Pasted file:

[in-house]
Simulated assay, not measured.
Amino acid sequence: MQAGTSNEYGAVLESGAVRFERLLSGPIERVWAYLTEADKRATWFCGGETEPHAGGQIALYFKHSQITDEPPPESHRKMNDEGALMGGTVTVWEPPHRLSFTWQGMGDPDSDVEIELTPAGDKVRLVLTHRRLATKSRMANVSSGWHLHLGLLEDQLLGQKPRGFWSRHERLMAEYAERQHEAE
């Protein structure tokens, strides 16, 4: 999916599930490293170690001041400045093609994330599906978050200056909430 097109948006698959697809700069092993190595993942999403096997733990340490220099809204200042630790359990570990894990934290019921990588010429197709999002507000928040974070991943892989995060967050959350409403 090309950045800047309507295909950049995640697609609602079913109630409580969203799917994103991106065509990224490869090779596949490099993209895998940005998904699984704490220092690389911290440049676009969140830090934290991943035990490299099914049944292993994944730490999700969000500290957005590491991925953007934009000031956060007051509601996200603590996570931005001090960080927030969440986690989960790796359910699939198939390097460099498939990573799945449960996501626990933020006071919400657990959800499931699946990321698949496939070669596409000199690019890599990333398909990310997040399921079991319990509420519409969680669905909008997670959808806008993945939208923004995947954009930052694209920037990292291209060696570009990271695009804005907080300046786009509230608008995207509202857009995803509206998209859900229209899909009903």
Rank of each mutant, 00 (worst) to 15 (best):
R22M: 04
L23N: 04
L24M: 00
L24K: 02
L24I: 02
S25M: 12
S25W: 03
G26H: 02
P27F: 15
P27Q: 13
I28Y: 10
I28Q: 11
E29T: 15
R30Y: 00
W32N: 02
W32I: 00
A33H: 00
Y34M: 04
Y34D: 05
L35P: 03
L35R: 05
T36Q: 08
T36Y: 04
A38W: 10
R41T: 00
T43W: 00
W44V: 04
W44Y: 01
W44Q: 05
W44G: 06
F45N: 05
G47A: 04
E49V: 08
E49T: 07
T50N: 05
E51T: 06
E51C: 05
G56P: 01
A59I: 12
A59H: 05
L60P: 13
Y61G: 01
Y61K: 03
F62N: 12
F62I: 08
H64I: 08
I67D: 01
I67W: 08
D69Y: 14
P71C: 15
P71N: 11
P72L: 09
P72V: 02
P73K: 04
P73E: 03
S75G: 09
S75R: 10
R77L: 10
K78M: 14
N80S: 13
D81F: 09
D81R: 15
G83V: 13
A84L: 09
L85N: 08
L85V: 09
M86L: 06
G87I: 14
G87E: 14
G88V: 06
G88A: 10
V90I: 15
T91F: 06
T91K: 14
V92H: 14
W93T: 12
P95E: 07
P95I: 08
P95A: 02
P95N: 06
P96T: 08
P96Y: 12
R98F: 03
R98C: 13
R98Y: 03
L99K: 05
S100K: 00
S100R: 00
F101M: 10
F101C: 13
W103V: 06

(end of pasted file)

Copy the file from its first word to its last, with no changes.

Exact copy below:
[in-house]
Simulated assay, not measured.
Amino acid sequence: MQAGTSNEYGAVLESGAVRFERLLSGPIERVWAYLTEADKRATWFCGGETEPHAGGQIALYFKHSQITDEPPPESHRKMNDEGALMGGTVTVWEPPHRLSFTWQGMGDPDSDVEIELTPAGDKVRLVLTHRRLATKSRMANVSSGWHLHLGLLEDQLLGQKPRGFWSRHERLMAEYAERQHEAE
């Protein structure tokens, strides 16, 4: 999916599930490293170690001041400045093609994330599906978050200056909430 097109948006698959697809700069092993190595993942999403096997733990340490220099809204200042630790359990570990894990934290019921990588010429197709999002507000928040974070991943892989995060967050959350409403 090309950045800047309507295909950049995640697609609602079913109630409580969203799917994103991106065509990224490869090779596949490099993209895998940005998904699984704490220092690389911290440049676009969140830090934290991943035990490299099914049944292993994944730490999700969000500290957005590491991925953007934009000031956060007051509601996200603590996570931005001090960080927030969440986690989960790796359910699939198939390097460099498939990573799945449960996501626990933020006071919400657990959800499931699946990321698949496939070669596409000199690019890599990333398909990310997040399921079991319990509420519409969680669905909008997670959808806008993945939208923004995947954009930052694209920037990292291209060696570009990271695009804005907080300046786009509230608008995207509202857009995803509206998209859900229209899909009903």
Rank of each mutant, 00 (worst) to 15 (best):
R22M: 04
L23N: 04
L24M: 00
L24K: 02
L24I: 02
S25M: 12
S25W: 03
G26H: 02
P27F: 15
P27Q: 13
I28Y: 10
I28Q: 11
E29T: 15
R30Y: 00
W32N: 02
W32I: 00
A33H: 00
Y34M: 04
Y34D: 05
L35P: 03
L35R: 05
T36Q: 08
T36Y: 04
A38W: 10
R41T: 00
T43W: 00
W44V: 04
W44Y: 01
W44Q: 05
W44G: 06
F45N: 05
G47A: 04
E49V: 08
E49T: 07
T50N: 05
E51T: 06
E51C: 05
G56P: 01
A59I: 12
A59H: 05
L60P: 13
Y61G: 01
Y61K: 03
F62N: 12
F62I: 08
H64I: 08
I67D: 01
I67W: 08
D69Y: 14
P71C: 15
P71N: 11
P72L: 09
P72V: 02
P73K: 04
P73E: 03
S75G: 09
S75R: 10
R77L: 10
K78M: 14
N80S: 13
D81F: 09
D81R: 15
G83V: 13
A84L: 09
L85N: 08
L85V: 09
M86L: 06
G87I: 14
G87E: 14
G88V: 06
G88A: 10
V90I: 15
T91F: 06
T91K: 14
V92H: 14
W93T: 12
P95E: 07
P95I: 08
P95A: 02
P95N: 06
P96T: 08
P96Y: 12
R98F: 03
R98C: 13
R98Y: 03
L99K: 05
S100K: 00
S100R: 00
F101M: 10
F101C: 13
W103V: 06